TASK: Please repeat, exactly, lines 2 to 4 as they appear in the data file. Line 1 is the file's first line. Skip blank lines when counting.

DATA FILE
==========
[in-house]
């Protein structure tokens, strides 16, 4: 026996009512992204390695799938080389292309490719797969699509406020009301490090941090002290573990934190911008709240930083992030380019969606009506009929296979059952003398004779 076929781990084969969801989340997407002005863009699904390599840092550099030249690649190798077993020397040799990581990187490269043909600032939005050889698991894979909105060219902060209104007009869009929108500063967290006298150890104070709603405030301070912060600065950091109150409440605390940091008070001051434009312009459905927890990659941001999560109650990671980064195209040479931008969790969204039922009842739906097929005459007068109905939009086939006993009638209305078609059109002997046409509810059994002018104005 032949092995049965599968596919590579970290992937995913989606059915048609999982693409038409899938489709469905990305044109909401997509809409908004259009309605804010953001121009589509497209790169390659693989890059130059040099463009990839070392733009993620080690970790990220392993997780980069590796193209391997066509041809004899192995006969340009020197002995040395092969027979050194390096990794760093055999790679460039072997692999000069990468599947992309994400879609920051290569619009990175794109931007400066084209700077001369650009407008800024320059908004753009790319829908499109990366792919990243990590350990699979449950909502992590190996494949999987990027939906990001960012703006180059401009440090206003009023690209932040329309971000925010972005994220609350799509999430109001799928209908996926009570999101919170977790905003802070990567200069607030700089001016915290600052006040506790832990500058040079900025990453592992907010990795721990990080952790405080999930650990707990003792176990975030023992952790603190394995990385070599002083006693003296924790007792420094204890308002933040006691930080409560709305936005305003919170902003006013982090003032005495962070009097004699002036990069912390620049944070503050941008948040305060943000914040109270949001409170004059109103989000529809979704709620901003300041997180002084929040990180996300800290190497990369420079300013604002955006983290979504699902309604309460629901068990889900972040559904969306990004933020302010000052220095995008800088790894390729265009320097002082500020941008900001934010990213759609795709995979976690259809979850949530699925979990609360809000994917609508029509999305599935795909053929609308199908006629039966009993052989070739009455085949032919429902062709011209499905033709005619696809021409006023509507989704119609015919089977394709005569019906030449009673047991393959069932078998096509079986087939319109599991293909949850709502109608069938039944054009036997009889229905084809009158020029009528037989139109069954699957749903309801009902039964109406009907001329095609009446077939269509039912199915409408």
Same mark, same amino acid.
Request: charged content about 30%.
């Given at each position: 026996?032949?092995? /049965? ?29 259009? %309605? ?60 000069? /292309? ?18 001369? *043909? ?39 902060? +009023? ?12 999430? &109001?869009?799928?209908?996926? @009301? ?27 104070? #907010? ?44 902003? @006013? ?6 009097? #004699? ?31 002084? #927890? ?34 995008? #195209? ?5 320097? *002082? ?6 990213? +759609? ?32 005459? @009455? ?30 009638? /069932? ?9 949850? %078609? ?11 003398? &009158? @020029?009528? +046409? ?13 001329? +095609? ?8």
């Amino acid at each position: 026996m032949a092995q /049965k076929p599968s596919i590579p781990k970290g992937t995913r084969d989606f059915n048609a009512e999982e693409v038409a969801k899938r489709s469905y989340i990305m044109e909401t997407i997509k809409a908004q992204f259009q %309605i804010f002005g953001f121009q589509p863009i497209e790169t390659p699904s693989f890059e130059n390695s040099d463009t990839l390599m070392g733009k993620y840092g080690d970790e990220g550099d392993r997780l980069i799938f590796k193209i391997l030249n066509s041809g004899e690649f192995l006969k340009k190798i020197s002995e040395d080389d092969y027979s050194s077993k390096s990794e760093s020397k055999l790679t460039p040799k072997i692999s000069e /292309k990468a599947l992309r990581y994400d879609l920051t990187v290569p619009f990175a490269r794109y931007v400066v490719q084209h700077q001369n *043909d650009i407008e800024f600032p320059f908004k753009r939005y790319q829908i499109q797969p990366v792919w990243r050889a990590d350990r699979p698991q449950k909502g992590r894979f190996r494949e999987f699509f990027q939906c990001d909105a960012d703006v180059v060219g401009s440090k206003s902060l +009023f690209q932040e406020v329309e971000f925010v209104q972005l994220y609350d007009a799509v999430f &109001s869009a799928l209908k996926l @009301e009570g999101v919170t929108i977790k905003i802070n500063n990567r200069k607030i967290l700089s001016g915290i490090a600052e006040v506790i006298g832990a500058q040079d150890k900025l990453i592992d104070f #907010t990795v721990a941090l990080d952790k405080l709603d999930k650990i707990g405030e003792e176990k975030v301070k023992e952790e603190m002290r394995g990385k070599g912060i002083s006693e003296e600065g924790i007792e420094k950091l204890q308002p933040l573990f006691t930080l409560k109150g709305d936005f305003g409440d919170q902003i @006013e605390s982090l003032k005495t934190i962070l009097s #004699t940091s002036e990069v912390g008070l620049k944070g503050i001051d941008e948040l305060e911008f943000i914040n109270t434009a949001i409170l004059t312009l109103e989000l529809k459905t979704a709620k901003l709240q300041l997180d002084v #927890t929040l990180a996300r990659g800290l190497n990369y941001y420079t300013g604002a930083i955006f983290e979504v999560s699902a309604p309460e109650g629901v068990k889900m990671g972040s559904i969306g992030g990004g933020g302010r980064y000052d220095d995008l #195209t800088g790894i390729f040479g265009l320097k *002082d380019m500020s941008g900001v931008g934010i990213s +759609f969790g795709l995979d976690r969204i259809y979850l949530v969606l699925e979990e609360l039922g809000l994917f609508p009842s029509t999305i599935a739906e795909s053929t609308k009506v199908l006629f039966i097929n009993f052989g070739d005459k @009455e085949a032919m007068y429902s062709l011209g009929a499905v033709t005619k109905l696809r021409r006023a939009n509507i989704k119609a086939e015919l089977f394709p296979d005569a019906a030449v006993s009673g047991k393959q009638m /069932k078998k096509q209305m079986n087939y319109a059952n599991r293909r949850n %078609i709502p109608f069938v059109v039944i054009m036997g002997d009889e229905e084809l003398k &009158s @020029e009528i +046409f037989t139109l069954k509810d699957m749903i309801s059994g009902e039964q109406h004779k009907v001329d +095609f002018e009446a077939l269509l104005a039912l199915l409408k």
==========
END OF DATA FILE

């Protein structure tokens, strides 16, 4: 026996009512992204390695799938080389292309490719797969699509406020009301490090941090002290573990934190911008709240930083992030380019969606009506009929296979059952003398004779 076929781990084969969801989340997407002005863009699904390599840092550099030249690649190798077993020397040799990581990187490269043909600032939005050889698991894979909105060219902060209104007009869009929108500063967290006298150890104070709603405030301070912060600065950091109150409440605390940091008070001051434009312009459905927890990659941001999560109650990671980064195209040479931008969790969204039922009842739906097929005459007068109905939009086939006993009638209305078609059109002997046409509810059994002018104005 032949092995049965599968596919590579970290992937995913989606059915048609999982693409038409899938489709469905990305044109909401997509809409908004259009309605804010953001121009589509497209790169390659693989890059130059040099463009990839070392733009993620080690970790990220392993997780980069590796193209391997066509041809004899192995006969340009020197002995040395092969027979050194390096990794760093055999790679460039072997692999000069990468599947992309994400879609920051290569619009990175794109931007400066084209700077001369650009407008800024320059908004753009790319829908499109990366792919990243990590350990699979449950909502992590190996494949999987990027939906990001960012703006180059401009440090206003009023690209932040329309971000925010972005994220609350799509999430109001799928209908996926009570999101919170977790905003802070990567200069607030700089001016915290600052006040506790832990500058040079900025990453592992907010990795721990990080952790405080999930650990707990003792176990975030023992952790603190394995990385070599002083006693003296924790007792420094204890308002933040006691930080409560709305936005305003919170902003006013982090003032005495962070009097004699002036990069912390620049944070503050941008948040305060943000914040109270949001409170004059109103989000529809979704709620901003300041997180002084929040990180996300800290190497990369420079300013604002955006983290979504699902309604309460629901068990889900972040559904969306990004933020302010000052220095995008800088790894390729265009320097002082500020941008900001934010990213759609795709995979976690259809979850949530699925979990609360809000994917609508029509999305599935795909053929609308199908006629039966009993052989070739009455085949032919429902062709011209499905033709005619696809021409006023509507989704119609015919089977394709005569019906030449009673047991393959069932078998096509079986087939319109599991293909949850709502109608069938039944054009036997009889229905084809009158020029009528037989139109069954699957749903309801009902039964109406009907001329095609009446077939269509039912199915409408």
Same mark, same amino acid.
Request: charged content about 30%.